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January 20, 2006

Why We Fight: The Movie

I had not heard of this movie until I read the review by Kyle Smith in the New York Post. I don't believe it's in wide release (it's not playing anywhere around me). Have any of you heard of it?

However, reading Smith's review, I don't think I'm all that eager to see it. The whole thing is worth reading; I'm posting it in its entirety:

I love that "Why We Fight" landed Dwight Eisenhower on the cover of "Time Out New York" — next week, I hope to see Douglas MacArthur spotting visible panty lines for the Us Weekly Fashion Police. But this rehash of familiar pacifist arguments offers neither heat nor light. It's "Fahrenheit: Room Temperature."

Arguing that America is now and has been for decades an imperialist power in the grip of the defense industry, this documentary relies heavily on boring interviews with nerds from the "Carnegie Endowment for Peace" and "The Center for Public Integrity" spouting nonsense about our "attempted democracy."

"Why We Fight" lazily splices together aspects of "JFK" (which, like this one, hangs its paranoia on Eisenhower's warning about the power of the "military-industrial complex"), the Michael Moore movies (goofy pop songs on the soundtrack cue us to laugh at, say, those dopes who make missiles) and even "Dr. Strangelove" (ironic use of "When Johnny Comes Marching Home Again").

We're told that the Iraq war was a cover-up. Then come clips showing the massive media access.

"Why We Fight" does have a secret weapon, though: a touching, emotional ex-New York City cop whose scenes are by far the most powerful in the film. The cop lost a son on 9/11 and later turned against the war. But the film's use of this man is a cheap trick. Like the rest of the major media, it grants absolute moral authority to antiwar Americans who lost loved ones in Iraq or on 9/11, but simply ignores those in this group who are pro-war.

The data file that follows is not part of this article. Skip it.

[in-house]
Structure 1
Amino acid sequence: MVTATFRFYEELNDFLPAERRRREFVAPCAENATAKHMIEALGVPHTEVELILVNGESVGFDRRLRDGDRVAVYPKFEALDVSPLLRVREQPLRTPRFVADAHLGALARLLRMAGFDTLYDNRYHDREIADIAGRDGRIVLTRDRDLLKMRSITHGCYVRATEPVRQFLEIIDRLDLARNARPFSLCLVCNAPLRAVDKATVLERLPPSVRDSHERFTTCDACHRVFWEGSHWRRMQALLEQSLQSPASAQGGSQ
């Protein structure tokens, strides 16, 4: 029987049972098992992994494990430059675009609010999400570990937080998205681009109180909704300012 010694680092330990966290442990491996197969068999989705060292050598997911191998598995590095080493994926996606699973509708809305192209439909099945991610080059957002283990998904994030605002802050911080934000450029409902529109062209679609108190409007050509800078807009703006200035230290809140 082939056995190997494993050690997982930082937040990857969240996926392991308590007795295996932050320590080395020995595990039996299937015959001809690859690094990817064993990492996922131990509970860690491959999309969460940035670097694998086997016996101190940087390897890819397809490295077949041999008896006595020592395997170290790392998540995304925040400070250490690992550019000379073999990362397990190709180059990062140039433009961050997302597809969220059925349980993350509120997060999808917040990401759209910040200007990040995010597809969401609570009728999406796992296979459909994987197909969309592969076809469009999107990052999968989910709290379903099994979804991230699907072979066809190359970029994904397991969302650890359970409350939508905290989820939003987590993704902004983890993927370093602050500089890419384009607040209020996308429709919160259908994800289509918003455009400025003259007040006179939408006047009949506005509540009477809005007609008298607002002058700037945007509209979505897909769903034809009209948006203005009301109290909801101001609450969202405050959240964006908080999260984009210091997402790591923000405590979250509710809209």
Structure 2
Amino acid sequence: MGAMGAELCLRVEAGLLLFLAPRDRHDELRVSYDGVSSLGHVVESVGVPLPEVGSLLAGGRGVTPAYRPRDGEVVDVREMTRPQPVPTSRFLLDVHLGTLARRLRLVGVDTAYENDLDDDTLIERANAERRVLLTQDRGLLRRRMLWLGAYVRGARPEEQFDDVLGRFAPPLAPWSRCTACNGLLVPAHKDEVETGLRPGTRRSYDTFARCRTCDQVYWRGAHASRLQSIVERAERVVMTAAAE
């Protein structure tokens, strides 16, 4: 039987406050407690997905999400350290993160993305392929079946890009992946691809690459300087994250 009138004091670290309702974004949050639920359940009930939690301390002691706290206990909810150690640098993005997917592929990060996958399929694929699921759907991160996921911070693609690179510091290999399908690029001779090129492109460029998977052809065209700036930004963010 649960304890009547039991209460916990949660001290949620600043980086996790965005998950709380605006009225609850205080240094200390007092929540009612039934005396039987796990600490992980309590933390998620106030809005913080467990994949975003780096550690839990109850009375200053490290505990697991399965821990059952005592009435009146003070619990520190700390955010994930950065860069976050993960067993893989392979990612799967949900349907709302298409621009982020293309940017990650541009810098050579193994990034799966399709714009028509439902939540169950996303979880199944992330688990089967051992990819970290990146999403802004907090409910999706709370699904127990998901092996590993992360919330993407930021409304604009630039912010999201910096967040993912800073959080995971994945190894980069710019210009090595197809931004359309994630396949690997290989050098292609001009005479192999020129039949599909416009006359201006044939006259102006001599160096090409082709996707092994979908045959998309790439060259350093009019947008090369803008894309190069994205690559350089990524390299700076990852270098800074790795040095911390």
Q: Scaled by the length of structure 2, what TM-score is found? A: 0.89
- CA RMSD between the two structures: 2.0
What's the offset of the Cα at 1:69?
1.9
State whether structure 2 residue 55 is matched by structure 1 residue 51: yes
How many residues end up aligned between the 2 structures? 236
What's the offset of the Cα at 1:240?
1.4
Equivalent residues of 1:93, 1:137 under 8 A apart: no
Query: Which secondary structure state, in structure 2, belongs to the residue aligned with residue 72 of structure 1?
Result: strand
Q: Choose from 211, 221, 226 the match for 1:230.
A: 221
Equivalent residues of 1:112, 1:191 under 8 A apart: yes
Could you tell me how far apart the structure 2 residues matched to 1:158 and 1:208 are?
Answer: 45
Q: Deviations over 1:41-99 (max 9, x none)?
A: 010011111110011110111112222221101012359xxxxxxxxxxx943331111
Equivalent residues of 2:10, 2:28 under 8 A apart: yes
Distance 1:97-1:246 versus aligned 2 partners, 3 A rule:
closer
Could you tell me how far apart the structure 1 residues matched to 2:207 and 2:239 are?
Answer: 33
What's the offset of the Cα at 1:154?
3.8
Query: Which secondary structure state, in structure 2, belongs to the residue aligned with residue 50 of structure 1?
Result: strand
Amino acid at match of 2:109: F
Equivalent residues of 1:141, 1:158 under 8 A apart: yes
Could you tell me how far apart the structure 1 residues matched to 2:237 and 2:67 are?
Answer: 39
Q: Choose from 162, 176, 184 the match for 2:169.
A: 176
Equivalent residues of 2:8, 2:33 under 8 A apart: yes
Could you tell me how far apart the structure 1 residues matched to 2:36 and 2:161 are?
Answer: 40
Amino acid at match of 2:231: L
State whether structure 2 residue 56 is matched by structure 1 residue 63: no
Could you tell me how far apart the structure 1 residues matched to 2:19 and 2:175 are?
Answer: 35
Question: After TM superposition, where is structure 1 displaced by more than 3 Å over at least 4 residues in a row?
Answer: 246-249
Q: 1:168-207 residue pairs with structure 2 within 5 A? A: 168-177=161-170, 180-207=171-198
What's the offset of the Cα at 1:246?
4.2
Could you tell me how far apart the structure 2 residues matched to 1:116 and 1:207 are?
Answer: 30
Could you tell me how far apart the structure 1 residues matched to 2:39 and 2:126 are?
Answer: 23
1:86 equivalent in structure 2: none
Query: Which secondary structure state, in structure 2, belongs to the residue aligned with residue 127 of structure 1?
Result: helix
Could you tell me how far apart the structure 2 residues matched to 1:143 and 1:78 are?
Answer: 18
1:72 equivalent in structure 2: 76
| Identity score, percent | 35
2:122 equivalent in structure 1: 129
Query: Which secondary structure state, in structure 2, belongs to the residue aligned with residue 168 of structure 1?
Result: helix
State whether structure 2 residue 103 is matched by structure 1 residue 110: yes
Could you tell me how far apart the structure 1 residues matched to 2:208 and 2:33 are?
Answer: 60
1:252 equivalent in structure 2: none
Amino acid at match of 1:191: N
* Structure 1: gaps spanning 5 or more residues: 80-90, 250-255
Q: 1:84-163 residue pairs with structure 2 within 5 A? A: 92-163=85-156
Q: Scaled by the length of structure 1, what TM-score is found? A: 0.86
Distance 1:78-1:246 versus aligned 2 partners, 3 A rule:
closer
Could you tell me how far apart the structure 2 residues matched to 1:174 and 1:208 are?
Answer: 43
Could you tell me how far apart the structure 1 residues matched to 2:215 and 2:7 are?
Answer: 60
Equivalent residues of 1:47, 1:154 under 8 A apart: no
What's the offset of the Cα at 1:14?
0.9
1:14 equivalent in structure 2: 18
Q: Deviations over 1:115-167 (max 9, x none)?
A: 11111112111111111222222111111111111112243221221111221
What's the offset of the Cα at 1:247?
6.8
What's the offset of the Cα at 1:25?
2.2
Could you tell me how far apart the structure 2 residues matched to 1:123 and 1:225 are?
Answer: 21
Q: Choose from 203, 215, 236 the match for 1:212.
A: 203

When three toothless old T. rexes — Dan Rather, Gore Vidal and Sen. Robert Byrd — creep out of their amber, you pray that they won't make fools of themselves all over again. But alas. Vidal informs us that Japan was "trying to surrender" in the summer of 1945 but "Truman wouldn't let them." Surrender doesn't require "trying." You say, "I surrender," the bombing stops. In reality, Japan rejected our ultimatum more than a week before the Bomb was dropped. Even after Hiroshima, Japan still didn't surrender.

Disgraced former journalist Dan Rather: "What you have here is a miniature version of what they have in totalitarian states." Got the documents to prove it, Dan?

And Sen. Robert Byrd, as dim today as he was when he joined the Ku Klux Klan: "There is no debate, there is no attempt for the nation to lay out the pros and cons of this particular war." If there was a single moment in the last three years when the nation wasn't doing exactly that, I missed it.

He gave it 1.5 stars out of 4. Thanks, Kyle. You just saved me $10.

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Posted by Pam Meister at 10:32 PM | Comments (0) | TrackBack (0) | Entertainment
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